"Right now, the Guild’s stance is that we can only investigate things that the police department won’t," Logue says. "That’s them dictating what we can look at."
Even his limited ability to write non-binding reports about the police department's actions would be weakened if this passes, Logue argues. He wouldn't be able to declare that an officer's actions broke the SPD policies. He wouldn't be able to cite specific citizens' complaints when he recommends changes for the department.
Sure, Beggs and Logue say that the proposed new contract contains some improvements. The ombudsman would be guaranteed more access to evidence. He'd be able to investigate minor complaints. Most of his powers are expanded to his assistants in the ombudsman office as well.
But all that modest progress, Beggs and Logue say, is washed away by the proposal to give the Guild the power to try to get the ombudsman — or a member of the ombudsman's commission overseeing him — fired for either leaking confidential information or "exceeding their authority." The union would be able to file a grievance and send the issue to arbitration to enforce the agreement.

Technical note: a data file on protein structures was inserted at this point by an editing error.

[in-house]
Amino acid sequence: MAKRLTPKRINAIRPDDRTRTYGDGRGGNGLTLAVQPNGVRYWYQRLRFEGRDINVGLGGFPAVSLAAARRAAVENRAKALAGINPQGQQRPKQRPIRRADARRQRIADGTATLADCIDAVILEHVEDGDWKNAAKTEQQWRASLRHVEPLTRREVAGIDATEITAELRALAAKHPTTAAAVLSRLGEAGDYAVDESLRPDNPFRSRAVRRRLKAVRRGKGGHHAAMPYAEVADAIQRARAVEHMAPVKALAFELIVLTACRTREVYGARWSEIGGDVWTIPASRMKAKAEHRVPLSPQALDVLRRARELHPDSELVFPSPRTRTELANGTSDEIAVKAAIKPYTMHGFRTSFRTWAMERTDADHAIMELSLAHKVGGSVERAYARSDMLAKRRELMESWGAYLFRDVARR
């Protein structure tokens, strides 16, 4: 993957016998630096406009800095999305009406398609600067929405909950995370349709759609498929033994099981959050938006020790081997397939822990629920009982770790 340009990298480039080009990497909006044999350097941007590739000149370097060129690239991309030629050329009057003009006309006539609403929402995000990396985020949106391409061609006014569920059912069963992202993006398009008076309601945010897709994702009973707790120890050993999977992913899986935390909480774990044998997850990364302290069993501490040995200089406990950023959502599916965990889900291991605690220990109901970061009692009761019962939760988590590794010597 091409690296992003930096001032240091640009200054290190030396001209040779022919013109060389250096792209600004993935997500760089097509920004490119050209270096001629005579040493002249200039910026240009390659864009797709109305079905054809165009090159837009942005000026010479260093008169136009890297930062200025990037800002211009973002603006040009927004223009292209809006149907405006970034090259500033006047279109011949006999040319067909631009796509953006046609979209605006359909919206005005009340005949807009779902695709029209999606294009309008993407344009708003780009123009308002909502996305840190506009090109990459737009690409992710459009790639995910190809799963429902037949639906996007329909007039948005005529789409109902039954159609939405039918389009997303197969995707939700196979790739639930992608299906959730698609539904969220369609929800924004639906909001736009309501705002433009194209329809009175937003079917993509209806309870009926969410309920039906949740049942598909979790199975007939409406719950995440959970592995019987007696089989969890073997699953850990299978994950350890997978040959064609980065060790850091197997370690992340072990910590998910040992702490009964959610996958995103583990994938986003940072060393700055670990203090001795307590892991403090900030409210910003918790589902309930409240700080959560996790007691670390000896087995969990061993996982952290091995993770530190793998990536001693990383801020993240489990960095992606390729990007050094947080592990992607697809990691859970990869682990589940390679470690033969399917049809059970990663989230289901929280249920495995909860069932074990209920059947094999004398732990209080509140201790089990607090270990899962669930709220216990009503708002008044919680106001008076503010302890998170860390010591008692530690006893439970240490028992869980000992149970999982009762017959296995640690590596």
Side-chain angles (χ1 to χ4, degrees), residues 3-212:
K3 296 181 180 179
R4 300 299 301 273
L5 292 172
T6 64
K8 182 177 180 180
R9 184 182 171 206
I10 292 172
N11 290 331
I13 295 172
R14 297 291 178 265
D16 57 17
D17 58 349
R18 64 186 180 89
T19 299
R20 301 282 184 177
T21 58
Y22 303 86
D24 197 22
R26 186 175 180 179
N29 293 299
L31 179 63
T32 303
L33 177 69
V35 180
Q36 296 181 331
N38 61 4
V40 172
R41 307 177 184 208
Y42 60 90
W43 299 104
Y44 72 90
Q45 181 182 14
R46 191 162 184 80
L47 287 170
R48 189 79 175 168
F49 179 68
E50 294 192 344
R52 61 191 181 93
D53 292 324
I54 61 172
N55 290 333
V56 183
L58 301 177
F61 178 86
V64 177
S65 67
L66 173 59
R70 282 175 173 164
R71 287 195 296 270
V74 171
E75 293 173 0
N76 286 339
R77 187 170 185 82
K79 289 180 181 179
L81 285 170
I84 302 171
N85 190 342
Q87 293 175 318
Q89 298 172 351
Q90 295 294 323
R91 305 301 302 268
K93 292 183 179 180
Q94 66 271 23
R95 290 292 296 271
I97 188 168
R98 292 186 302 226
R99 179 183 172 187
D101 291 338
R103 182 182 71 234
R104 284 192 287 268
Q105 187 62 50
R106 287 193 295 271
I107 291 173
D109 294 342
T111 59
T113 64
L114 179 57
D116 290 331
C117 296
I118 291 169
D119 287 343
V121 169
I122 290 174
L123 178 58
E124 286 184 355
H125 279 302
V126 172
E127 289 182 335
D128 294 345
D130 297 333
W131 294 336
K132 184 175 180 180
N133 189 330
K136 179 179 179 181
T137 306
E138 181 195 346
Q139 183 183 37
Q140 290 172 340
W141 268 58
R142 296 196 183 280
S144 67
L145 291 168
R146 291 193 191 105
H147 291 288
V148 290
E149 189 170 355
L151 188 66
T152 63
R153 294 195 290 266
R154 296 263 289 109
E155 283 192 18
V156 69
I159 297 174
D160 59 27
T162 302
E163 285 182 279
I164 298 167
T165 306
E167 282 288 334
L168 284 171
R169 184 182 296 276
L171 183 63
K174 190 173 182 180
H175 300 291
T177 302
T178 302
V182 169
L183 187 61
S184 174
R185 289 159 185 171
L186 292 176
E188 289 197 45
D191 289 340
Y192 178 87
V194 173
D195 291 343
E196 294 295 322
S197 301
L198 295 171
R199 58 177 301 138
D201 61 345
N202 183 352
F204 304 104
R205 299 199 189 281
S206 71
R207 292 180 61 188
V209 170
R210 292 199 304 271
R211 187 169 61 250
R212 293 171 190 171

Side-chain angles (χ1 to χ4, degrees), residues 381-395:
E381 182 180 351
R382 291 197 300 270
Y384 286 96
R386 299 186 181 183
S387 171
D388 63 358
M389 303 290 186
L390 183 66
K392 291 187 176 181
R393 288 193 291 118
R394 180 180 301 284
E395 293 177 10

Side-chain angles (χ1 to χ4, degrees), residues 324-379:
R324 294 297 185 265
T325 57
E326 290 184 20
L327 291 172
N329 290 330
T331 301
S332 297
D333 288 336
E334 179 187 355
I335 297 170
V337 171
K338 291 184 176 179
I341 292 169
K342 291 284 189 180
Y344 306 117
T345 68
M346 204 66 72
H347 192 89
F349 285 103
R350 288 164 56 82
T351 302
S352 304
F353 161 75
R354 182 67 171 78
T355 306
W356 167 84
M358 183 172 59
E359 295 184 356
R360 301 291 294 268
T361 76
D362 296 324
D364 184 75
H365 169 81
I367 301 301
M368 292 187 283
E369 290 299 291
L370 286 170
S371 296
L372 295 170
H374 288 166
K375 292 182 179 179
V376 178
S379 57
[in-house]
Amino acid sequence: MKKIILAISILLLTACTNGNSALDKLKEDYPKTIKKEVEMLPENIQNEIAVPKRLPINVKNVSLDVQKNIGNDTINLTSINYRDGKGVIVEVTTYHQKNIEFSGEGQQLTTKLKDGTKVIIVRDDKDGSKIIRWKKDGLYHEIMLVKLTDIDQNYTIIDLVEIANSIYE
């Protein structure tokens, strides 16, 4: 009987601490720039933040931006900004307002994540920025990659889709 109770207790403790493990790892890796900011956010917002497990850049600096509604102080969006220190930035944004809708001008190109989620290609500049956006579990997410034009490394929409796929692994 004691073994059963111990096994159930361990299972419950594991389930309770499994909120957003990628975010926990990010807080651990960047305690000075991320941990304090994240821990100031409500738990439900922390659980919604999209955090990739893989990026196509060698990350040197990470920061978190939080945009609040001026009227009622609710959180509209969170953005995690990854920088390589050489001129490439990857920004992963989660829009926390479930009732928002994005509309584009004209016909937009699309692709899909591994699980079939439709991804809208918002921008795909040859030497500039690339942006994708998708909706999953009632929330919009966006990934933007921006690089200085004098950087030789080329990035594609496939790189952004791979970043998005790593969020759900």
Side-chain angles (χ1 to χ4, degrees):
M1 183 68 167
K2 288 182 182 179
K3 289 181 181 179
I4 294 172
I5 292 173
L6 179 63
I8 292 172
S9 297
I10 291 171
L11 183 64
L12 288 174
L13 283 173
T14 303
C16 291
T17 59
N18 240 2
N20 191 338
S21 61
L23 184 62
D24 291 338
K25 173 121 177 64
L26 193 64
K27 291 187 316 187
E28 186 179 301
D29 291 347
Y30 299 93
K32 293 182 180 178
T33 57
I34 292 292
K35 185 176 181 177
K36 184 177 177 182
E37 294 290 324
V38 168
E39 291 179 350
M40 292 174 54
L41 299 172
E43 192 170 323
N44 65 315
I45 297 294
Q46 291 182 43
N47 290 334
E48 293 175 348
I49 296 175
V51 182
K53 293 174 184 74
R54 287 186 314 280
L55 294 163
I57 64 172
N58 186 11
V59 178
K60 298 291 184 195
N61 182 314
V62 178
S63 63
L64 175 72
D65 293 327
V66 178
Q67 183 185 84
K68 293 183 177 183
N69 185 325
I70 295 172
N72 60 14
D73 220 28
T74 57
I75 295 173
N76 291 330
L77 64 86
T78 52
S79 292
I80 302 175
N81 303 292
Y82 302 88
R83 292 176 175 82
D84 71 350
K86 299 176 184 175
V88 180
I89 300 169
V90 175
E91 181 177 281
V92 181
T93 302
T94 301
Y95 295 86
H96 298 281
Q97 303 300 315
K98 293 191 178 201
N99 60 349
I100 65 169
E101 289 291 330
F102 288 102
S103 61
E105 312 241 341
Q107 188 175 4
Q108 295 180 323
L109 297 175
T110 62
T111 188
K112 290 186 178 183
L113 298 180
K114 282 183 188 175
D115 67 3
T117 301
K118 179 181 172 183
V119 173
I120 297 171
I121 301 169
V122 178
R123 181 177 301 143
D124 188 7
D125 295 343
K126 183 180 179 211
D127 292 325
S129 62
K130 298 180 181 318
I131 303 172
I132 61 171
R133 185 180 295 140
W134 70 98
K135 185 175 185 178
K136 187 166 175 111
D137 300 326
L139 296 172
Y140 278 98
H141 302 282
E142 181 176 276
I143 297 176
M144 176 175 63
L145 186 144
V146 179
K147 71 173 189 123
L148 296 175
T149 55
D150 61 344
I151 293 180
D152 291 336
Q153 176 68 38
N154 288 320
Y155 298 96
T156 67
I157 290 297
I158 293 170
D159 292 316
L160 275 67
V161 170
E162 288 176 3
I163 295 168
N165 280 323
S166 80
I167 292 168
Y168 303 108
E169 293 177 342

The proposed contract doesn't outline what exactly "exceeding their authority" means. But Beggs is worried that simply the threat of losing their job could cause the ombudsman to play it safe — and not challenge the police department when it should be challenged.
Similarly, the proposed contract requires all appointed members of the ombudsman commission to have a reputation for "even-handedness," and allows the union to file a grievance to try to prevent candidates who they feel don't from joining the commission.
The Spokane Police Guild did not respond to a request from comment Friday.
She proposed placing a term limit on the ombudsman and lamented that the conflict over the ombudsman's powers may have been hampering negotiations over the police contract.
The closed-door union negotiations mean that we don't know precisely how Woodward's philosophy has influenced the proposed contract.
Coddington says that the city's attorneys concluded that the contract didn't clash with the city's charter and that the provision allowing the Guild to try to remove the ombudsman isn't all that unusual.